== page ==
• Medicare limits the amount of at-home care you can receive, as well as long-term care in a facility.
  • Medicaid waiver programs (HCBS waivers) may allow you to get medical care and other services at home or in a facility in your community.
  • Each state includes different conditions in its HCBS waiver programs, so check your state’s Medicaid guidelines to see if you’re eligible.

If you or a loved one has a complex health condition requiring a high level of care, you may be concerned about coverage. Medicare has strict limits on the long-term benefits you can receive at home or at a long-term care facility.

The good news is that a Medicaid waiver program may help get you the high-level care and services you need, either at home or in a community-based facility near you.

Medicare is a federal program that provides healthcare coverage for people with certain disabilities and those 65 years old and over. You must be a U.S. citizen or permanent legal resident to qualify for Medicare.

Medicare doesn’t base your eligibility on your income level, and the program is primarily funded through payroll taxes.

Medicare has four parts. Here is a quick overview of what each part covers:

  • Medicare Part A. Medicare Part A is hospital insurance. It covers you during short-term, inpatient stays in hospitals and for services like hospice. It also provides limited coverage for skilled nursing facility care and select in-home services.
  • Medicare Part B. Medicare Part B is medical insurance that covers everyday care needs like doctor’s appointments, therapist visits, medical equipment, and urgent care visits.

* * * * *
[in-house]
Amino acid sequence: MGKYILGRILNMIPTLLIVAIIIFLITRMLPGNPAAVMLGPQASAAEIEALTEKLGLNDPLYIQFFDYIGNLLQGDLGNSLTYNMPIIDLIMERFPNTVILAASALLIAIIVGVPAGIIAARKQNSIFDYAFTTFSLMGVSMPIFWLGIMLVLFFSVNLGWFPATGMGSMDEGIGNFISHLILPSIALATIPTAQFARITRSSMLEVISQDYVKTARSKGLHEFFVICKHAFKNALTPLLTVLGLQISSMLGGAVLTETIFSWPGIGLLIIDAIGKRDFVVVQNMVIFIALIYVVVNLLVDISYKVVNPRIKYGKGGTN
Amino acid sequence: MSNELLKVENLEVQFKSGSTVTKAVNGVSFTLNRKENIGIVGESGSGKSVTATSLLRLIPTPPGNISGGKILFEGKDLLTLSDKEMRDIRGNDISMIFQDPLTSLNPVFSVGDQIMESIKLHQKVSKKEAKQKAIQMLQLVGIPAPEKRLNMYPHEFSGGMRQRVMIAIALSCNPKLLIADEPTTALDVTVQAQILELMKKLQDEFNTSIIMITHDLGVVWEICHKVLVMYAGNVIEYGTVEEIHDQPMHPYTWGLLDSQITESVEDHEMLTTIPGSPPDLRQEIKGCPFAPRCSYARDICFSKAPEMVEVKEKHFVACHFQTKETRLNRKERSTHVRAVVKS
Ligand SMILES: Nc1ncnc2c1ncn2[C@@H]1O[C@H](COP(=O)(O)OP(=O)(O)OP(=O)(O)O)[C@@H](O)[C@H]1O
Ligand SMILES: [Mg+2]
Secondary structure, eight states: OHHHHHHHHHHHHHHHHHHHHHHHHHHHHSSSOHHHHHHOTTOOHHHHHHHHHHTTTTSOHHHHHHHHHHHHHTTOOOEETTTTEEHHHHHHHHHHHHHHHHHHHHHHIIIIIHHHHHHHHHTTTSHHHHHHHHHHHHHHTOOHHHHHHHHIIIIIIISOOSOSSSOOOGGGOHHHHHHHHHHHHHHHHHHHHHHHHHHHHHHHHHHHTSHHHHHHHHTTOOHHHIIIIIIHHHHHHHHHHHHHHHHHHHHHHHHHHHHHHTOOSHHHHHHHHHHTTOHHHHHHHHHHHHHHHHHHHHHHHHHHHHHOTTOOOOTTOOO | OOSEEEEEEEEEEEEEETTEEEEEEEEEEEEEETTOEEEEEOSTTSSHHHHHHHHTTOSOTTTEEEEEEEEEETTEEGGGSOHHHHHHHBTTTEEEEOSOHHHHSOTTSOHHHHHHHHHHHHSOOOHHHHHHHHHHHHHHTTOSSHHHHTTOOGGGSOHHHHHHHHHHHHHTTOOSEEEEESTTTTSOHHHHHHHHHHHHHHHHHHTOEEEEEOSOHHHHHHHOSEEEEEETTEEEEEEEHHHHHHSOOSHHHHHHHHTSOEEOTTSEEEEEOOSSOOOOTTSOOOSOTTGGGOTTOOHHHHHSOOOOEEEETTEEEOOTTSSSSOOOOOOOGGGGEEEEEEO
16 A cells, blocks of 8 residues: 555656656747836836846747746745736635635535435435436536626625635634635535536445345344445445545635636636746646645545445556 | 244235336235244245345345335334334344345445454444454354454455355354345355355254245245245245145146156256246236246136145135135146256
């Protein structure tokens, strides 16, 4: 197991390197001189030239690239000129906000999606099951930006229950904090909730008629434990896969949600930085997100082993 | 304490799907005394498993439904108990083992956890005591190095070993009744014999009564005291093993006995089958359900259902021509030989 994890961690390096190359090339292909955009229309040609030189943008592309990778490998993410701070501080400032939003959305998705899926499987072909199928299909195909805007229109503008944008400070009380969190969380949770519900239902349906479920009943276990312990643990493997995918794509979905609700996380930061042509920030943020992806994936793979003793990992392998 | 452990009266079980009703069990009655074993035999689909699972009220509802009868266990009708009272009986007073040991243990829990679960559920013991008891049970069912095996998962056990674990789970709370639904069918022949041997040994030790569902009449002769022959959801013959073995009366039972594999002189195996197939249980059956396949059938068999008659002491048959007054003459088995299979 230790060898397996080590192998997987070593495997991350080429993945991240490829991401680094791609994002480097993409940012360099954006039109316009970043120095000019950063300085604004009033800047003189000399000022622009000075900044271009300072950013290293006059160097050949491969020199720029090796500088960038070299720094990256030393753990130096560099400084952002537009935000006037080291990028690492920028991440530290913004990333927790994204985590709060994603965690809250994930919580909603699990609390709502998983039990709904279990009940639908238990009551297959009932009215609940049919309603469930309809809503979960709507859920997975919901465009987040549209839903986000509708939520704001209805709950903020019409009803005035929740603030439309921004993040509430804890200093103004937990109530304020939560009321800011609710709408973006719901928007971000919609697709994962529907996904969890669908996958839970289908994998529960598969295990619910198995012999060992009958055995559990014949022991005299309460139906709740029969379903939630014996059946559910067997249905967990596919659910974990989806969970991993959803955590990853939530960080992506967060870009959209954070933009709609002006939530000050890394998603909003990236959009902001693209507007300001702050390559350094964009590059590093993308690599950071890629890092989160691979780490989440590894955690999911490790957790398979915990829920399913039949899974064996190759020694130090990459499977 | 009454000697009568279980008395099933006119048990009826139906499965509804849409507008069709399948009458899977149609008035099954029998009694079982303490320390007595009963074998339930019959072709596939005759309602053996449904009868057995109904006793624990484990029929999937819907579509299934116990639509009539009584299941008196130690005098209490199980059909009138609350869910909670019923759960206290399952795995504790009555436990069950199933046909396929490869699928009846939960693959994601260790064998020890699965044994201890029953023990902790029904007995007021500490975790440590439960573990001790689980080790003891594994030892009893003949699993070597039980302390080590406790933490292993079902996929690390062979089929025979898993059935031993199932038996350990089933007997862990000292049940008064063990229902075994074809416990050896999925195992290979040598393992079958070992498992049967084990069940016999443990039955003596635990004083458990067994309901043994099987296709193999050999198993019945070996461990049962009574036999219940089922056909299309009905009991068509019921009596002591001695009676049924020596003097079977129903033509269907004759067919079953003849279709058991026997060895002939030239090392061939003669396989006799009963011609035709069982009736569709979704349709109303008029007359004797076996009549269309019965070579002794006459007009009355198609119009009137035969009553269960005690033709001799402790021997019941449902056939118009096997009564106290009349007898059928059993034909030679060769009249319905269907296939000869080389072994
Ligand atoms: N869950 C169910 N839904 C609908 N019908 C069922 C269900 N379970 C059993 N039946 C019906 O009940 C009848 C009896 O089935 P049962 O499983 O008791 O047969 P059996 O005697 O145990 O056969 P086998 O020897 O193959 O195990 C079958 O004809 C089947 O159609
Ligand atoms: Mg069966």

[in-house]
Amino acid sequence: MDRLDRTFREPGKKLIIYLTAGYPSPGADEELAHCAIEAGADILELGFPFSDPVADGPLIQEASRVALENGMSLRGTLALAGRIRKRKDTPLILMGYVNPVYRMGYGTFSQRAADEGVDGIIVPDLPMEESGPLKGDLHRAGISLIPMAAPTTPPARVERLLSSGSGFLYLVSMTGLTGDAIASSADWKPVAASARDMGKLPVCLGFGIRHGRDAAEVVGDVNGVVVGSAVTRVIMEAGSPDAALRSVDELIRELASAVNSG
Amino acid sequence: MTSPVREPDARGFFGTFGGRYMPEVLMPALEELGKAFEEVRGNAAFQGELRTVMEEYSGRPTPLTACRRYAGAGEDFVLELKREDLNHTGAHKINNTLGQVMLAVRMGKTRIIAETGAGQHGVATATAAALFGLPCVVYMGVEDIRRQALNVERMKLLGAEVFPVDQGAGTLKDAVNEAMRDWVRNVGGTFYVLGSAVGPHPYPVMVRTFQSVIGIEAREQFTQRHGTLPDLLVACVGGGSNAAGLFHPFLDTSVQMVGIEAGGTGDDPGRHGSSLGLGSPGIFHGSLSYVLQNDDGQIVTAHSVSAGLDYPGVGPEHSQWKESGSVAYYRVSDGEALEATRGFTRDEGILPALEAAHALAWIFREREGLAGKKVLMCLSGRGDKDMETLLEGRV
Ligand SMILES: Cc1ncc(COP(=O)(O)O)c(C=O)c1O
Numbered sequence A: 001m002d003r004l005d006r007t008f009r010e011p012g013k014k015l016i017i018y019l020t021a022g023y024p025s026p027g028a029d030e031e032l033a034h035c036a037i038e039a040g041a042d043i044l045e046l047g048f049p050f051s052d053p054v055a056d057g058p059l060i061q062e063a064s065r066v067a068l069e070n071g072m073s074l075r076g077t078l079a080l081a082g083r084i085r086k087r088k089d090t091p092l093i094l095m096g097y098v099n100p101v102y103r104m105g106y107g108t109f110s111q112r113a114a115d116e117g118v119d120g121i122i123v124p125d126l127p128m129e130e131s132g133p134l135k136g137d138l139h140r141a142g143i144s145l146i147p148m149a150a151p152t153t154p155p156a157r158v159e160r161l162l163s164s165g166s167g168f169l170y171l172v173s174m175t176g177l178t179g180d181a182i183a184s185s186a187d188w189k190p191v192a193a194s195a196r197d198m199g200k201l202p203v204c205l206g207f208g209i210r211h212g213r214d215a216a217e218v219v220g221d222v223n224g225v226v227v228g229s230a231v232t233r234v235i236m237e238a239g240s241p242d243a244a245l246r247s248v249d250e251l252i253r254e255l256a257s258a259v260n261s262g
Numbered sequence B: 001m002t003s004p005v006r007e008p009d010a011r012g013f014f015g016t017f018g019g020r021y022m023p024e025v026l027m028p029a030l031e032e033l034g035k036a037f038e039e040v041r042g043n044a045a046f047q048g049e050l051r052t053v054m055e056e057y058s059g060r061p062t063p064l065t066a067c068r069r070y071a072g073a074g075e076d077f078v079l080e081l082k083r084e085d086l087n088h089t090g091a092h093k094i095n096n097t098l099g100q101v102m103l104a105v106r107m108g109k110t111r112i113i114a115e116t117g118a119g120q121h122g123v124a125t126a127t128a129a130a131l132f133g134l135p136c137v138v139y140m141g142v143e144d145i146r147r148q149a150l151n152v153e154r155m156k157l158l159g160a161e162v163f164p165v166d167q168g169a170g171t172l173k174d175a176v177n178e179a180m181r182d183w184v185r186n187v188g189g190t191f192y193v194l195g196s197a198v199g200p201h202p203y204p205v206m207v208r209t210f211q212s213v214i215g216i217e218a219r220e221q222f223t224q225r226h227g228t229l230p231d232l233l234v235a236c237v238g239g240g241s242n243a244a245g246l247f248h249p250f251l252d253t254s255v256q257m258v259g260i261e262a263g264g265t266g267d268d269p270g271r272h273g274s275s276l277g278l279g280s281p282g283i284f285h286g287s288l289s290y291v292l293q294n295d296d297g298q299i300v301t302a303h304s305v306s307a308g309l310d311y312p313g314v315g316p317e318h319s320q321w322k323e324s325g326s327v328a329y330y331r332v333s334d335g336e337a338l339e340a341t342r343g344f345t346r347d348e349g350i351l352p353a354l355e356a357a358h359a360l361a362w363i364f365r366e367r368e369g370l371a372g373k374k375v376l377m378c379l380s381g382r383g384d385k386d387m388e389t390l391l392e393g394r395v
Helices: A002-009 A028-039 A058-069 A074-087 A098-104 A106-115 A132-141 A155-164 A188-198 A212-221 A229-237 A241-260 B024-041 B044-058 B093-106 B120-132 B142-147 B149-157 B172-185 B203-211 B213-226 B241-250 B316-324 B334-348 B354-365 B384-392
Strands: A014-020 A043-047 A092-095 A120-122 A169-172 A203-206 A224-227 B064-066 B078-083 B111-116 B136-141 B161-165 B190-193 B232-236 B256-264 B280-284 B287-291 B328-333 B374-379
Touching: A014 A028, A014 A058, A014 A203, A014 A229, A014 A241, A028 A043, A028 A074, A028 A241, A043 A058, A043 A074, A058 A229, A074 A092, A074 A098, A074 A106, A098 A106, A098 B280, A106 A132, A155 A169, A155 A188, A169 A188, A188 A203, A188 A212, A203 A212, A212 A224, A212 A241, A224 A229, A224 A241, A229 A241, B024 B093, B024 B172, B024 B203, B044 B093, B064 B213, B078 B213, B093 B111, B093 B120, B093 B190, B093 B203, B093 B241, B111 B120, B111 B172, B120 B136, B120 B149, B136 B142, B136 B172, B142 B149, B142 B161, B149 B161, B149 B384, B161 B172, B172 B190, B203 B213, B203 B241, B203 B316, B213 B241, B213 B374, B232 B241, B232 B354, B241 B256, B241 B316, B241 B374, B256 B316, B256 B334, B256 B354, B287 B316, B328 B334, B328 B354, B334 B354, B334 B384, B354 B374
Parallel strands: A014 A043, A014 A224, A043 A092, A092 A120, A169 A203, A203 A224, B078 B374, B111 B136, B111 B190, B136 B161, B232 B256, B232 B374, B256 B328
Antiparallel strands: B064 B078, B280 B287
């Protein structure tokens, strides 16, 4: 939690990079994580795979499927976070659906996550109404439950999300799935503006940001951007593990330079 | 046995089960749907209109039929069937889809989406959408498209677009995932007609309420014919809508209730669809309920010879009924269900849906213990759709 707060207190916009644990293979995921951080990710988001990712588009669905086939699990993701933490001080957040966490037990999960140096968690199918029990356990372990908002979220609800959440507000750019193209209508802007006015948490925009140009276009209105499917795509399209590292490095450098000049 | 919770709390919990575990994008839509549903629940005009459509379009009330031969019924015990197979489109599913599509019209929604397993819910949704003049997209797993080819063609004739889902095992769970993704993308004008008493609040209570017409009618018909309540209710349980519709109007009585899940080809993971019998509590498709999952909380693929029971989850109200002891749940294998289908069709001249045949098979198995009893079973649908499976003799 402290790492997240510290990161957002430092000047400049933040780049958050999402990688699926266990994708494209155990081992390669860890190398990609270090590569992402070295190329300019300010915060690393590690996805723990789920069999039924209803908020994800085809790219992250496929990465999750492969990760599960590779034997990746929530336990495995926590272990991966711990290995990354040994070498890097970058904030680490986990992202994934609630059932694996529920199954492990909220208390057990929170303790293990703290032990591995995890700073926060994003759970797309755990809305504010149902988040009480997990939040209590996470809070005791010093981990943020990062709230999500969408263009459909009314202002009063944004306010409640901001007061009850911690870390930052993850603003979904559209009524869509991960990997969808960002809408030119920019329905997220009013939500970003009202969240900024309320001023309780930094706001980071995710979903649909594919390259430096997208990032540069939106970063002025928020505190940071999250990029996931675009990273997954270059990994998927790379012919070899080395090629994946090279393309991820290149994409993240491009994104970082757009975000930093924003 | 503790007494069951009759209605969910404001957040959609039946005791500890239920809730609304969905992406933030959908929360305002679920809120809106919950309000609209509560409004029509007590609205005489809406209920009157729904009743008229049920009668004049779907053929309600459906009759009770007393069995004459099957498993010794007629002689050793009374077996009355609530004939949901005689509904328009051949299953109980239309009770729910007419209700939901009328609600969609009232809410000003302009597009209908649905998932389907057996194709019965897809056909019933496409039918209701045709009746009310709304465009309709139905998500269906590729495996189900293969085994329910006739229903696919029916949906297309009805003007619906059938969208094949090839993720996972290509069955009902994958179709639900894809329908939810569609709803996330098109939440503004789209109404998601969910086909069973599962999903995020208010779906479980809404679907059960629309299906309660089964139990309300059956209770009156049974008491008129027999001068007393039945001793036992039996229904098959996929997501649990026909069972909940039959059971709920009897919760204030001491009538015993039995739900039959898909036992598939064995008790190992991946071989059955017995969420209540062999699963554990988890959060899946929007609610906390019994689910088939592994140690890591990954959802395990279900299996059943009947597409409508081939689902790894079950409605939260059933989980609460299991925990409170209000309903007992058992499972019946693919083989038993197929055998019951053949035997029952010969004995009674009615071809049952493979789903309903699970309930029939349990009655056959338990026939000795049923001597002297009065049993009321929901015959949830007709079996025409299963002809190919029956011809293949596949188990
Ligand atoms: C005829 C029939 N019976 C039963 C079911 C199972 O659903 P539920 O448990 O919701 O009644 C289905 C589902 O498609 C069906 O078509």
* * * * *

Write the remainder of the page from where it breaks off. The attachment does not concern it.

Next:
• Medicare Part C. Medicare Part C is also called Medicare Advantage. These plans combine the coverage of parts A and B into a single plan. Medicare Advantage plans are offered by private insurance companies and are overseen by Medicare.
  • Medicare Part D. Medicare Part D is prescription drug coverage. Part D plans are stand-alone plans that cover only prescriptions. These plans are also provided through private insurance companies.

Because Medicare and Medicaid have similar sounding names, it’s easy to get them confused. Here’s how Medicaid is different.

Medicaid is a program that’s jointly run by federal and state governments to provide healthcare coverage to people with low incomes and limited resources. People of various ages are enrolled in Medicaid.

It is possible to be enrolled in both Medicare and Medicaid at the same time.

The Medicaid waiver program is one of many ways that Medicare and Medicaid work together to meet the healthcare needs of beneficiaries.

Section 1915(c) of the Social Security Act describes a waiver program that authorizes home and community-based services (HCBS) to provide health and other basic necessities to people who would otherwise be cared for in a long-term care facility.

A community-based program, in this case, isn’t a nursing home. It refers to care you might receive in a family member or caregiver’s home, assisted living facility, senior care home, or similar residential setting.

With this program, you may be eligible to have a home health aide, personal care aide, or homemaker assist you with activities of daily living.